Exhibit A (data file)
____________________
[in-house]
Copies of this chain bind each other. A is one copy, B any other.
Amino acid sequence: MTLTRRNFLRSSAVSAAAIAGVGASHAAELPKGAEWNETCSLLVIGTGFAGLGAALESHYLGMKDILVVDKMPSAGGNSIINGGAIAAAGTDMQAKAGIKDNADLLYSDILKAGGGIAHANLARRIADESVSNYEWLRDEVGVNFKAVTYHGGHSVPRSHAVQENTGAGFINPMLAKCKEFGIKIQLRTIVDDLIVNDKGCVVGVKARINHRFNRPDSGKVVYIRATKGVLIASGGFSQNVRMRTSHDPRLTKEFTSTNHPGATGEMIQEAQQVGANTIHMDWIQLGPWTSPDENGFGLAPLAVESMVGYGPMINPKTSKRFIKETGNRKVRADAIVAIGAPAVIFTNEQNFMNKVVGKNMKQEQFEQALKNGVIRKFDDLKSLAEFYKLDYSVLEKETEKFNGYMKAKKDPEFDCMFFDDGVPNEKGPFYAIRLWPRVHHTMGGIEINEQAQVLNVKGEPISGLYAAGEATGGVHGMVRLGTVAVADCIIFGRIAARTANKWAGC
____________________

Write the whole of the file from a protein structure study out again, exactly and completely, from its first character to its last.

[in-house]
Copies of this chain bind each other. A is one copy, B any other.
Amino acid sequence: MTLTRRNFLRSSAVSAAAIAGVGASHAAELPKGAEWNETCSLLVIGTGFAGLGAALESHYLGMKDILVVDKMPSAGGNSIINGGAIAAAGTDMQAKAGIKDNADLLYSDILKAGGGIAHANLARRIADESVSNYEWLRDEVGVNFKAVTYHGGHSVPRSHAVQENTGAGFINPMLAKCKEFGIKIQLRTIVDDLIVNDKGCVVGVKARINHRFNRPDSGKVVYIRATKGVLIASGGFSQNVRMRTSHDPRLTKEFTSTNHPGATGEMIQEAQQVGANTIHMDWIQLGPWTSPDENGFGLAPLAVESMVGYGPMINPKTSKRFIKETGNRKVRADAIVAIGAPAVIFTNEQNFMNKVVGKNMKQEQFEQALKNGVIRKFDDLKSLAEFYKLDYSVLEKETEKFNGYMKAKKDPEFDCMFFDDGVPNEKGPFYAIRLWPRVHHTMGGIEINEQAQVLNVKGEPISGLYAAGEATGGVHGMVRLGTVAVADCIIFGRIAARTANKWAGC